Kris: (09:00)

Yeah. And the fascinating part to me is that, you know, I do have a marketing agency and that’s great, which is, I said to you before we started the call, it’s absolutely ridiculous for me to throw those words around in your presence, but anyhow, but what I want people to understand is, you know, it’s not, I don’t want people tuning away if they don’t have a marketing agency and they think, Oh, I don’t write copy. Because you know, your books and your podcasts lay these messages out as so eloquently, so beautifully. I mean, everything you do, everything is copied. You just can’t escape it. So that’s the part I really want for people who may be, you know, having tripped across your work. I really want to talk about, you know, how that creeps into any aspect of any, you know, Avenue you’re gonna pursue in your business.

Ray: (09:45)

One of the things I learned from Tony Robbins was this, the quality of your life and the quality of your business is in direct proportion to the quality of your communication. He’s all about, if you think about what Tony does, he’s all about communication as well. He’s about communicating with yourself first about your life, by how you look at life, by how you approach life, how you feel about yourself or your self images like, and that’s, that’s copy as cause. All copy is, is communicating with the intention to persuade and we’re the first person we have to persuade about anything as ourselves. The first person we have to influence is ourselves. And once we can do that and then it may be about the importance of our work, the, the power of our skills that we offer to people, how we can help them. Mmm. That’s communicating that message to us and empowers us to communicate to other people what we can do for them. So then, then it becomes, well, what is not copy? Well, the way you answered the phone is copy what’s on your business card is copy. What’d you say to people when you meet them at a conferences copy. If we were having conferences these days, we’re not having them, but we will again. We will happen again. It’s not just about the page that sells your product or service, it’s about everything. You communicate to everybody all the time. That’s all copy. So copies kind of important.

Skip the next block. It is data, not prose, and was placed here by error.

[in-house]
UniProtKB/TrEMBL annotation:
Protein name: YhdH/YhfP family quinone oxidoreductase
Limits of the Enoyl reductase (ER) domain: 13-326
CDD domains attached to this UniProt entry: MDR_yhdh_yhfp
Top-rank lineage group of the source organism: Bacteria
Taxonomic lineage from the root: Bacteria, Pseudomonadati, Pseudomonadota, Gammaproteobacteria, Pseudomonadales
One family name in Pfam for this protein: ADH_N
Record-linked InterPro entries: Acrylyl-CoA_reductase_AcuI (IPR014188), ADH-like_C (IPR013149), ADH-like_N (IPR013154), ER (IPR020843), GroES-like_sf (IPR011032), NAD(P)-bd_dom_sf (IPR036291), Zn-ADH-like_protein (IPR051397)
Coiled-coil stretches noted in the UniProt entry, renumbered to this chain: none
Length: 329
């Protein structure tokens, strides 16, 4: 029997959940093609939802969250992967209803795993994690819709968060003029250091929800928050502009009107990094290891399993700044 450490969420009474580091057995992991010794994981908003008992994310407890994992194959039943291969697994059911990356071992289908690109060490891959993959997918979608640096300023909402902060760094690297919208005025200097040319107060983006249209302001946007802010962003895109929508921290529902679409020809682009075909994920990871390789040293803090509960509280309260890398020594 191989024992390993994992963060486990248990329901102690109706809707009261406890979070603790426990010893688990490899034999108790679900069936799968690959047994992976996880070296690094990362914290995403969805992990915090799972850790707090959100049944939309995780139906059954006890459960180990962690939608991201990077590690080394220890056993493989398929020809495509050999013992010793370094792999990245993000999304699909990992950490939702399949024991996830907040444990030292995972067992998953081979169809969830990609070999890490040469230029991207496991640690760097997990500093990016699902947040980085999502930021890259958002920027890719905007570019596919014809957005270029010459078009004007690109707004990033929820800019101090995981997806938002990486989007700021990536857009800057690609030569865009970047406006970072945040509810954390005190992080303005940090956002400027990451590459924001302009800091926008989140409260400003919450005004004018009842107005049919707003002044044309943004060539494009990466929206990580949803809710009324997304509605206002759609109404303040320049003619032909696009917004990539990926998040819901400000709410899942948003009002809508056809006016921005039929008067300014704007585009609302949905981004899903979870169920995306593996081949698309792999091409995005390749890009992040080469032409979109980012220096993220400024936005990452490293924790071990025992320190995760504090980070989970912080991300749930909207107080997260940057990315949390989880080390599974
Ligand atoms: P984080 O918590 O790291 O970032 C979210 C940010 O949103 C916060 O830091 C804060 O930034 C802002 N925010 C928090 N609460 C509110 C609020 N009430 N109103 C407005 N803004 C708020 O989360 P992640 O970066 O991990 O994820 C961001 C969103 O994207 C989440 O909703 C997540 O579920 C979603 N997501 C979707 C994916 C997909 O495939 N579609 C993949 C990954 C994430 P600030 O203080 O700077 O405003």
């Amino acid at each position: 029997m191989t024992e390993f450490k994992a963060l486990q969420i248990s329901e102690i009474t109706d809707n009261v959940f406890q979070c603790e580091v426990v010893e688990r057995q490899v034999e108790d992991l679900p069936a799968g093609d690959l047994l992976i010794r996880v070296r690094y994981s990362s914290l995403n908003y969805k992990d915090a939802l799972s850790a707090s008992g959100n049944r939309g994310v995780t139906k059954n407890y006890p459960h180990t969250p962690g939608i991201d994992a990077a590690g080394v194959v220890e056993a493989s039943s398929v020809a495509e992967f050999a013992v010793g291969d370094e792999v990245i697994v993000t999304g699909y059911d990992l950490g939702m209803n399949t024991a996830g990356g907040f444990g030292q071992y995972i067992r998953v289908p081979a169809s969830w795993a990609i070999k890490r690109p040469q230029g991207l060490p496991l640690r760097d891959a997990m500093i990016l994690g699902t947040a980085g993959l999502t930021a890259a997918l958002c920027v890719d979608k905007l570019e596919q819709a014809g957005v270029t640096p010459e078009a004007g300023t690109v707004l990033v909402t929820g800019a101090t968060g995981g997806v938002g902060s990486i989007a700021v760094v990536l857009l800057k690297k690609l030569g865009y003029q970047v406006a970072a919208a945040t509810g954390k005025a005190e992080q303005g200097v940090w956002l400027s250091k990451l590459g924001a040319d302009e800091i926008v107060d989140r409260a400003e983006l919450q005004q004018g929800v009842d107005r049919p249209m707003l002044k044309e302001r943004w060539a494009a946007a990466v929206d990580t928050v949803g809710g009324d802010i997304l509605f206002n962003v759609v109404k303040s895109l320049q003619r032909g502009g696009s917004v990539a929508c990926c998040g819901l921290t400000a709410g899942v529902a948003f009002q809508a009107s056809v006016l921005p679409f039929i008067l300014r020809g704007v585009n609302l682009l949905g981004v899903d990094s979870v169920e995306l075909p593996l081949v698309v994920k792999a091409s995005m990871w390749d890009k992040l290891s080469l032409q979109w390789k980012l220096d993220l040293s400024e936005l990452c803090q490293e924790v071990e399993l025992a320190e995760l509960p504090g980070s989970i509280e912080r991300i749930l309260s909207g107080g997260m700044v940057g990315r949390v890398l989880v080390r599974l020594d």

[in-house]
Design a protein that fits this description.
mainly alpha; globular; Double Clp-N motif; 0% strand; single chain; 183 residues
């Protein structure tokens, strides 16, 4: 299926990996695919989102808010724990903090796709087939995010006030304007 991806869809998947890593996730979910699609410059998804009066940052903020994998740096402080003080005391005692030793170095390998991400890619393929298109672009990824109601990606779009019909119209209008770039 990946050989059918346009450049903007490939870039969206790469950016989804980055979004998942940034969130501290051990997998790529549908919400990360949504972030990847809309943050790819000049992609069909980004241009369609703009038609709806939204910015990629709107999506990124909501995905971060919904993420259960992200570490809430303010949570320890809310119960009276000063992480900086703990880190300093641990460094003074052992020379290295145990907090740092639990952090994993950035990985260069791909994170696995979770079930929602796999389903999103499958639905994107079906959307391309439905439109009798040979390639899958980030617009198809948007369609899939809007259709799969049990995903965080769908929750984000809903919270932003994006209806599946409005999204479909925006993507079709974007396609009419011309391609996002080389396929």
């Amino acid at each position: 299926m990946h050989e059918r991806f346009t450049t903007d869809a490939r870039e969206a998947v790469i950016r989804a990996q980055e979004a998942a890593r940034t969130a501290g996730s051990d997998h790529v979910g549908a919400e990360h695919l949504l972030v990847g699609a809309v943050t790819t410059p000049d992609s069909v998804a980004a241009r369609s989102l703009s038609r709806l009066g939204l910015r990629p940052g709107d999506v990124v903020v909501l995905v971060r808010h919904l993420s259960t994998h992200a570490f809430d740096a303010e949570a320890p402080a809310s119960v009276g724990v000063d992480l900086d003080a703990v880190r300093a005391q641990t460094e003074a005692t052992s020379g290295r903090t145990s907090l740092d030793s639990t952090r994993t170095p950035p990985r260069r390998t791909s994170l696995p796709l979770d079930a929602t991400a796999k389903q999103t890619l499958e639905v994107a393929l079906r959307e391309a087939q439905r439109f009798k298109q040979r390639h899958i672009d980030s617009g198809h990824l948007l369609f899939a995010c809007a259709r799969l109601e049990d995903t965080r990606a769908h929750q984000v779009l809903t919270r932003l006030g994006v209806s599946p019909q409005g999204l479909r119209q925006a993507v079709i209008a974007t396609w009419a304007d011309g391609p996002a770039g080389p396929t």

Kris: (10:59)

Yeah. And you know what, listen, I, I, I, he’s a very, I’m going to speak as if he’s not in the room here. Mr. Ray Edwards I think is a very patient kind and he presents himself, is just such a gentleman. So he’s not going to up himself as much as I’m going to brag him up here because I would tell you when the best books I’ve ever read is how to write copy that sells. And I read it more than once. And what I would really like to know, and this, I know we’re in a day and age of technology, but how is it I read the book and the next time I read the book you’ve inserted new things that I’m certain were not there before because I didn’t grasp. So I’d like to know how you do that because I’m like, gosh, you know, it never left the house and yet he got new stuff in here. So, I mean the simplicity of the way you present this information that I think is also your super power. Because I’ve seen you on stage, I’ve read your books, I’ve listened to your podcast and it’s just, you know, the profound simplicity of is really just, you know, I always think of the one quote that I know Mark Twain where he said I would’ve written a shorter letter but I didn’t have time. And yet you do that, you do that over and over again where you just simplify the message and it really is impactful.